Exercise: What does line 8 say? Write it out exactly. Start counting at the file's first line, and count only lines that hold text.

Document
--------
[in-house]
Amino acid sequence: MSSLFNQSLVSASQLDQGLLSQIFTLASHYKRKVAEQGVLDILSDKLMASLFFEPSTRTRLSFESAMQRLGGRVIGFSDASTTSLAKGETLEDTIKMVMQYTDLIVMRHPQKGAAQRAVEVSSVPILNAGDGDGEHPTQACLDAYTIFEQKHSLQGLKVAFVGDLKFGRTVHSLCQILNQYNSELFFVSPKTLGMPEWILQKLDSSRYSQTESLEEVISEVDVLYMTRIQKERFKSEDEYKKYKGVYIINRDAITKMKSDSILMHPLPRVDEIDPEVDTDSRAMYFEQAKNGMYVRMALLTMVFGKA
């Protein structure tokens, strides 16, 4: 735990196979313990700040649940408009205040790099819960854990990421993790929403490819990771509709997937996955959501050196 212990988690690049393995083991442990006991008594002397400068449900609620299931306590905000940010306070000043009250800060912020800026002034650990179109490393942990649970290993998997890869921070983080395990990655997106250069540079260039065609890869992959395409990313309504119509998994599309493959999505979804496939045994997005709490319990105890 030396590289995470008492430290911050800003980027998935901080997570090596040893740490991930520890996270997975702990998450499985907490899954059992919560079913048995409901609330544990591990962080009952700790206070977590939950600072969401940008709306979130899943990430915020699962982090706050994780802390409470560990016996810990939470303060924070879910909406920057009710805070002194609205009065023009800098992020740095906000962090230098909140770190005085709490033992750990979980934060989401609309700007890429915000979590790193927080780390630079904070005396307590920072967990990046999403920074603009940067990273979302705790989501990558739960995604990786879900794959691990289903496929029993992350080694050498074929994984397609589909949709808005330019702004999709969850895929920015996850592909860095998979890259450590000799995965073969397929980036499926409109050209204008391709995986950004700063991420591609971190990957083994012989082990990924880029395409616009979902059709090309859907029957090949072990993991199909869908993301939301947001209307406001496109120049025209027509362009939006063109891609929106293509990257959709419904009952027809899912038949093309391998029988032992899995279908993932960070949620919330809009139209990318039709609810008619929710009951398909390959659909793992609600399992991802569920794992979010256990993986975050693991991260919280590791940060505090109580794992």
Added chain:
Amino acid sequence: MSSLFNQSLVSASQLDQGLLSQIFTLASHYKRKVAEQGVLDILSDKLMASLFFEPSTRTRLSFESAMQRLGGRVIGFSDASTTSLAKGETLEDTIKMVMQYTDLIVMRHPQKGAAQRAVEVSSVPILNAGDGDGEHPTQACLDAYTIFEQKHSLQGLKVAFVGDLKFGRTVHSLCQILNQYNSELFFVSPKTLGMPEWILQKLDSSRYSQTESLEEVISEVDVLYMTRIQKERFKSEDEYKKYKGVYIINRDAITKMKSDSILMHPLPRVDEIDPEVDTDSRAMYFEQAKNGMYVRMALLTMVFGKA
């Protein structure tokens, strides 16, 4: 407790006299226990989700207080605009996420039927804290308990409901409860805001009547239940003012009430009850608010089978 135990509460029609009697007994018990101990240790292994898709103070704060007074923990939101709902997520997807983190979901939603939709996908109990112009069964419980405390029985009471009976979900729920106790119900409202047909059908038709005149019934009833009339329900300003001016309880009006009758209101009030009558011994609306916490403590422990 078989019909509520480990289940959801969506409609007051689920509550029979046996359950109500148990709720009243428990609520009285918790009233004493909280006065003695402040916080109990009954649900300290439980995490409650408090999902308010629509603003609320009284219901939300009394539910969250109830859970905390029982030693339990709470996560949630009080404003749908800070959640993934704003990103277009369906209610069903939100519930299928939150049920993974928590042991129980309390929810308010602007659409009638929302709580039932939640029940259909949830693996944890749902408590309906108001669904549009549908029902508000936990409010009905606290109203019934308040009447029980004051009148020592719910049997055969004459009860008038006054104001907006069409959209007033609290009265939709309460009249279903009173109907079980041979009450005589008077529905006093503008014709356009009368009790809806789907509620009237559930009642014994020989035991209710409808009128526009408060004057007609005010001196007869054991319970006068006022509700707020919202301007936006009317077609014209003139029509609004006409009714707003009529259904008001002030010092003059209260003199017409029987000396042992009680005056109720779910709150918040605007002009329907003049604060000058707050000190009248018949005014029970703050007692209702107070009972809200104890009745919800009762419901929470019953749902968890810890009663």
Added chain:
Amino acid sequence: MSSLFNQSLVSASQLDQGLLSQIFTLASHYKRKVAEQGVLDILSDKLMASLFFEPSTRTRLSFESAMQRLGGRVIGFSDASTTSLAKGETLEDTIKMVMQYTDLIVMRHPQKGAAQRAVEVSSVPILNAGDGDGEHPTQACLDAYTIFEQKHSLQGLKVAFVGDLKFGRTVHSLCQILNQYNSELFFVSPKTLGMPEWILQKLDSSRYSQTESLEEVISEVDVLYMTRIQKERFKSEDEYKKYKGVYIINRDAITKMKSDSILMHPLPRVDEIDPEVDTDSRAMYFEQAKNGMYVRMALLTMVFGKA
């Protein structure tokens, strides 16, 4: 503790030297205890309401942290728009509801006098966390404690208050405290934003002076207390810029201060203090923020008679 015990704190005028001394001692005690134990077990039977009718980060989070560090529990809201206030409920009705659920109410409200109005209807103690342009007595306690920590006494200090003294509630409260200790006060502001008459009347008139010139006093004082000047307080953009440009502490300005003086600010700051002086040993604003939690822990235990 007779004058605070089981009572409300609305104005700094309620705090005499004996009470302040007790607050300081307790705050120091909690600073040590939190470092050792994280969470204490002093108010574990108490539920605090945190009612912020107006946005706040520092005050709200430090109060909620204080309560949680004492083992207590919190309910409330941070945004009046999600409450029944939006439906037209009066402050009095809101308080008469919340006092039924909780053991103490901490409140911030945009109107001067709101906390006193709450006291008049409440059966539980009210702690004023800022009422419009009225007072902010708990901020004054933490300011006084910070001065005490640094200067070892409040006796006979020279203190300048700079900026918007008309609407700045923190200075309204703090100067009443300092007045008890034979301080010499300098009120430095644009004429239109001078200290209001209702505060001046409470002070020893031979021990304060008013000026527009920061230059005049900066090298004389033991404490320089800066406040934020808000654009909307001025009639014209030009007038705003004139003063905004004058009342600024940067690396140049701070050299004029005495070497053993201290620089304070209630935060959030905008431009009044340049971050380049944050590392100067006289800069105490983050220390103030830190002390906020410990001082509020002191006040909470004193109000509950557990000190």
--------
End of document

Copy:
Amino acid sequence: MSSLFNQSLVSASQLDQGLLSQIFTLASHYKRKVAEQGVLDILSDKLMASLFFEPSTRTRLSFESAMQRLGGRVIGFSDASTTSLAKGETLEDTIKMVMQYTDLIVMRHPQKGAAQRAVEVSSVPILNAGDGDGEHPTQACLDAYTIFEQKHSLQGLKVAFVGDLKFGRTVHSLCQILNQYNSELFFVSPKTLGMPEWILQKLDSSRYSQTESLEEVISEVDVLYMTRIQKERFKSEDEYKKYKGVYIINRDAITKMKSDSILMHPLPRVDEIDPEVDTDSRAMYFEQAKNGMYVRMALLTMVFGKA